At the heart of such venomous speech is “dog whistle politics”. This is made up of statements which may sound simply crude and tasteless to a lot of people, but to the target groups, they have a coded meaning and resonate well.
The analogy is to a dog whistle, which emits sound in the ultrasonic range, which human beings can’t hear but dogs can.
In the Indian context, dog whistle politics has often meant constant invocation of hatred directly or indirectly against specific communities who are being held as the “other”. Minority groups have been hit.
The venomous and exclusionary speeches are happening in the backdrop of an alarming polarisation of society. It is no longer about just those contesting elections. Anyone whose worldview is different from the majority and who is vocal risks being stigmatised as an “anti-national” by venom peddlers. The Association for Democratic Reforms (ADR), which works in the area of electoral and political reforms, recently came out with some interesting data. Looking only at candidates contesting in the fifth phase, ADR found five with cases over hate speech registered against them.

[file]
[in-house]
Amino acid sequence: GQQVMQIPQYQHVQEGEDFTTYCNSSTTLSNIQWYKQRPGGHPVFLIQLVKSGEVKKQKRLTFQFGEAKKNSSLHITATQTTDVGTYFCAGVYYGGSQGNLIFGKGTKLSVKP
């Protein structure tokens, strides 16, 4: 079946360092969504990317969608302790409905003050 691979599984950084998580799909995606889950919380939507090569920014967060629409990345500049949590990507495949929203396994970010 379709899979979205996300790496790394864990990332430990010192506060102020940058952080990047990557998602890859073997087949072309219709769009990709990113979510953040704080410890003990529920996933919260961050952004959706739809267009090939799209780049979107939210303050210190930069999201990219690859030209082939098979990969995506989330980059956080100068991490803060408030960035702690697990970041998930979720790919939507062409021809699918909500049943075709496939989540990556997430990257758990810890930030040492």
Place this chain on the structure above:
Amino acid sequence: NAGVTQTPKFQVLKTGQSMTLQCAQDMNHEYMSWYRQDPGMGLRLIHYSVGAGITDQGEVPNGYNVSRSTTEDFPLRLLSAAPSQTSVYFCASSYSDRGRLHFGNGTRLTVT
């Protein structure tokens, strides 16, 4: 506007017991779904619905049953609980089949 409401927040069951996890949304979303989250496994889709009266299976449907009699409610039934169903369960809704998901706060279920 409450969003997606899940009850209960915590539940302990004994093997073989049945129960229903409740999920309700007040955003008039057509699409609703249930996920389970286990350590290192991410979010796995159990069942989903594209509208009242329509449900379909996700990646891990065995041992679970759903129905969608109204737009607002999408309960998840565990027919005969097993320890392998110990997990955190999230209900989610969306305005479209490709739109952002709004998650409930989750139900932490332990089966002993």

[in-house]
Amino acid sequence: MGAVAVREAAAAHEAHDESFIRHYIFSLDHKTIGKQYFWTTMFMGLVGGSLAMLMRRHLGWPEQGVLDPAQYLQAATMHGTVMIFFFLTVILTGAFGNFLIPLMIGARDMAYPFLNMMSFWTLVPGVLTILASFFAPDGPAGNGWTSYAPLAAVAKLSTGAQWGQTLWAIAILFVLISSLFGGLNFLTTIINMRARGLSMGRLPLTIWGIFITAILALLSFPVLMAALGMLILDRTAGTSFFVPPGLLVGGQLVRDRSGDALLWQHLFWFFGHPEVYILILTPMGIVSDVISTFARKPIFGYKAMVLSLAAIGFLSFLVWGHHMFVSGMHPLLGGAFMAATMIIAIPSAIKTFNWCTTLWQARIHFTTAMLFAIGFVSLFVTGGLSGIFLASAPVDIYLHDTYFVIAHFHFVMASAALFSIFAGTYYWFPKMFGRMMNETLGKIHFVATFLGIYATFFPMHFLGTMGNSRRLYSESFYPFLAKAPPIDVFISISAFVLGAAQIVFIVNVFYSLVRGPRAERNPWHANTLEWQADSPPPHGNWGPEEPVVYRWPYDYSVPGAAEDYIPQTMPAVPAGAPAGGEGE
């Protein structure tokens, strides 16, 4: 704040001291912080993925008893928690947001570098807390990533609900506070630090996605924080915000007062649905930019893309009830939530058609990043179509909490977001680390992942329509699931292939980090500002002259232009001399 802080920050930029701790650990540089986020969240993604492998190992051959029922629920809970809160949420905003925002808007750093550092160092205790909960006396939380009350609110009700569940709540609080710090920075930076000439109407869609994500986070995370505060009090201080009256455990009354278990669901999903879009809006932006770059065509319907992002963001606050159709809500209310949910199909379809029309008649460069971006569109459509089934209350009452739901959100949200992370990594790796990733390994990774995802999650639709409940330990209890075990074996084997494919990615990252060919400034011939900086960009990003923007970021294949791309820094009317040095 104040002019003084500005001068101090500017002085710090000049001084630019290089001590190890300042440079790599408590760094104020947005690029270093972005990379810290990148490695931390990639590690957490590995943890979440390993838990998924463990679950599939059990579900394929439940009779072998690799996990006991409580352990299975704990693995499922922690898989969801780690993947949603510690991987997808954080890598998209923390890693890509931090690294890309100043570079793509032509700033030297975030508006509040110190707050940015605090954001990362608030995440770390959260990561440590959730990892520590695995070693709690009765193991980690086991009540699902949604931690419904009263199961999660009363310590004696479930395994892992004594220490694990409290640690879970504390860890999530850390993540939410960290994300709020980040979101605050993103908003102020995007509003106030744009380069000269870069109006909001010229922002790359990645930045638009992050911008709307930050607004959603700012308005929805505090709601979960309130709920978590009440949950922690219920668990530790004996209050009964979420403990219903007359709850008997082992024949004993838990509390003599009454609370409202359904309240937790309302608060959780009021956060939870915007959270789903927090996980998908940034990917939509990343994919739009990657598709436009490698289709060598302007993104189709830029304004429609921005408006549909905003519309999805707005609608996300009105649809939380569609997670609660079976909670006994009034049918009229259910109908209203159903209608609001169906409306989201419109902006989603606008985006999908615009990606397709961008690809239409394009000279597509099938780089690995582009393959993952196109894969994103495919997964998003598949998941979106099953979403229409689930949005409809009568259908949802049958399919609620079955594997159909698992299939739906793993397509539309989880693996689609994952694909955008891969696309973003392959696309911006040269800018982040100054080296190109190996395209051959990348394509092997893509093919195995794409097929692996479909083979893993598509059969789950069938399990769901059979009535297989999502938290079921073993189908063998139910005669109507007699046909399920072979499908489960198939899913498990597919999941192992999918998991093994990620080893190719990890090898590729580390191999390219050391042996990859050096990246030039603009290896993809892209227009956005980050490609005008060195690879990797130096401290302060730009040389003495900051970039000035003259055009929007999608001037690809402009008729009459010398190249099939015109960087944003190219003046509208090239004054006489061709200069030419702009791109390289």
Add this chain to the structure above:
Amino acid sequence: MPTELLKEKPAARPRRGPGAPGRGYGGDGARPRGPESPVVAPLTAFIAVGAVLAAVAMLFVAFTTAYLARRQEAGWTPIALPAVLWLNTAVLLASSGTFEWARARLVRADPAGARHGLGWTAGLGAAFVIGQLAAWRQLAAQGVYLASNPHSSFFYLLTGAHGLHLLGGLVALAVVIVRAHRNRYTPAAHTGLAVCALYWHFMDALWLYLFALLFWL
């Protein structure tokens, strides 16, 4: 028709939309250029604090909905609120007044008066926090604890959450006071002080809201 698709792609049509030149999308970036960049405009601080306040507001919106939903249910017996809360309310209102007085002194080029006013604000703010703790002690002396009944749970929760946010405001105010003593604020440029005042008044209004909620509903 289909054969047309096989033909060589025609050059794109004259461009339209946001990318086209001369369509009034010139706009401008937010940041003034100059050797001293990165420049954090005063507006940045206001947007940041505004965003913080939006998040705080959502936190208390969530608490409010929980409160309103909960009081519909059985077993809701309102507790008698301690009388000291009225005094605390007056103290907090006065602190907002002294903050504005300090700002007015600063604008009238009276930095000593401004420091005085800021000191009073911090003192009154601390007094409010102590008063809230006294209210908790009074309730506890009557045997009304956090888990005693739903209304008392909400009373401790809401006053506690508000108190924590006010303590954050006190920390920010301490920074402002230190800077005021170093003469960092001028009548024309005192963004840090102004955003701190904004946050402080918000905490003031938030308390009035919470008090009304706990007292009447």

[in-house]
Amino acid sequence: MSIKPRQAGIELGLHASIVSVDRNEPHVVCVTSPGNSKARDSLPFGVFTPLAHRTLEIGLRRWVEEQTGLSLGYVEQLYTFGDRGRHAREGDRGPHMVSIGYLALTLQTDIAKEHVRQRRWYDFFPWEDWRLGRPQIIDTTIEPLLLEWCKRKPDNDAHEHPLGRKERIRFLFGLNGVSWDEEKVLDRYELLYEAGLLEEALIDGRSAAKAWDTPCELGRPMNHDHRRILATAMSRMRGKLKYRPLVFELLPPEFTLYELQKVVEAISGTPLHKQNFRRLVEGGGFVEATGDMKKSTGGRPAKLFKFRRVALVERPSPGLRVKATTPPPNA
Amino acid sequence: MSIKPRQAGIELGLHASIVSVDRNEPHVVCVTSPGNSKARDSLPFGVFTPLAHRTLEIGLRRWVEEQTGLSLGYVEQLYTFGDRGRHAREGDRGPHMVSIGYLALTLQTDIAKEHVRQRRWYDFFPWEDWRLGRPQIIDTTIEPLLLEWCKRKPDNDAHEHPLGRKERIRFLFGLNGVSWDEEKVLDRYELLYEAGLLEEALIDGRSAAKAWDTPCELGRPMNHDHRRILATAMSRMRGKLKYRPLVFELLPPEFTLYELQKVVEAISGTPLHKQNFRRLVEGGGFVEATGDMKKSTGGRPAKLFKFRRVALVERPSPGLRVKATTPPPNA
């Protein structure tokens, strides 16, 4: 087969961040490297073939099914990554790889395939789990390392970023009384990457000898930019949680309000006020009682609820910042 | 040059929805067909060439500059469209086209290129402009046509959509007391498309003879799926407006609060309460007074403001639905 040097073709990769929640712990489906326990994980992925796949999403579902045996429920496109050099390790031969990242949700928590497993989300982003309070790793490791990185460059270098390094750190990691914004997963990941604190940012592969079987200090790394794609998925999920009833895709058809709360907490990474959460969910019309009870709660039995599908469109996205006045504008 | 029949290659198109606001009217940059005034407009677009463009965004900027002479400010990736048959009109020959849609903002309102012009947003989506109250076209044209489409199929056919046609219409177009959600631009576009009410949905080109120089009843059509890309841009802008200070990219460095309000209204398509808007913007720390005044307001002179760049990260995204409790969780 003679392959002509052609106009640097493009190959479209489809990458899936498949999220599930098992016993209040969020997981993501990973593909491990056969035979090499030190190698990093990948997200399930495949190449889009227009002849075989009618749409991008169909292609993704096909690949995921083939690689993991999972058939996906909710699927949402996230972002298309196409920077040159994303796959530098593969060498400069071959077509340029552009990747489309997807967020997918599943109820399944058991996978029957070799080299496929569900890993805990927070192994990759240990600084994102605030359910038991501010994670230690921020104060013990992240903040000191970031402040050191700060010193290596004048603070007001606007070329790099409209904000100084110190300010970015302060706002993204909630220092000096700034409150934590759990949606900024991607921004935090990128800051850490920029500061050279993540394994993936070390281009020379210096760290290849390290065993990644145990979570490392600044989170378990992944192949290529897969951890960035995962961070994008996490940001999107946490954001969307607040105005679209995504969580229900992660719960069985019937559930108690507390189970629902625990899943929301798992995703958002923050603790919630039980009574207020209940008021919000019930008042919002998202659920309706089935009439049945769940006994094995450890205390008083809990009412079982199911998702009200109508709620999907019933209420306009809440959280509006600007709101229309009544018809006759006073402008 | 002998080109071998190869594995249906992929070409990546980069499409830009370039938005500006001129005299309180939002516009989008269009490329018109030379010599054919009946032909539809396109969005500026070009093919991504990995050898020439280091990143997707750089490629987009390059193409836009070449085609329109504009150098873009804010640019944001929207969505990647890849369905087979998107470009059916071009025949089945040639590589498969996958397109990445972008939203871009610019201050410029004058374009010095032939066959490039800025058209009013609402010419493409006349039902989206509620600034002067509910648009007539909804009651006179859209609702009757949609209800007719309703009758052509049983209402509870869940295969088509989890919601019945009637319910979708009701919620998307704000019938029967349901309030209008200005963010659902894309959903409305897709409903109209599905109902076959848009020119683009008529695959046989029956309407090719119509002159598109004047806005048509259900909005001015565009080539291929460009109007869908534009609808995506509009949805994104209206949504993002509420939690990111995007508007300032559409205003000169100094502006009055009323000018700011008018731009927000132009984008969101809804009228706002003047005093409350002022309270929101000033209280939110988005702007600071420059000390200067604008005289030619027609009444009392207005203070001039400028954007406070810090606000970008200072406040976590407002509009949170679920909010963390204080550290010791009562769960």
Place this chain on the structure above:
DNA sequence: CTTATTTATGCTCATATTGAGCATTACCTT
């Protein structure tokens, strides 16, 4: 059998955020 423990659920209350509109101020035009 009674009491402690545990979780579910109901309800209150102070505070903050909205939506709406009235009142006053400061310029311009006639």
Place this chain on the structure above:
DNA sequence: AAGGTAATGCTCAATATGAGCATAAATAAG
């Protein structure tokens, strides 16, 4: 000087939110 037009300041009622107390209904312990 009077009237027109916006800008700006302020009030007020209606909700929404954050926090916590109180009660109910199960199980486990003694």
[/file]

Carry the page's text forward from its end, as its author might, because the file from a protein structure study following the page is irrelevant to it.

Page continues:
Exclusionary and venomous speech are not the monopoly of any one political party, though some have been more guilty than others. The Election Commission recently pulled up Mr Adityanath for his Ali-Bajrang Bali remark and halted his campaign for a few days as punishment. It slapped a three-day halt on BSP leader Mayawati, who in a speech had urged “especially Muslims” not to split their anti-BJP votes. Samajwadi Party’s Azam Khan is facing more stringent action for saying Jayaprada, his female BJP opponent, wore “khaki underwear”, a vulgar reference to the uniform of the RSS. Maneka Gandhi, minister for women and child development in the outgoing government, was also banned by the EC from campaigning for two days after a video emerged of her telling a group of Muslims to vote for her in the Lok Sabha polls, or else they would not receive any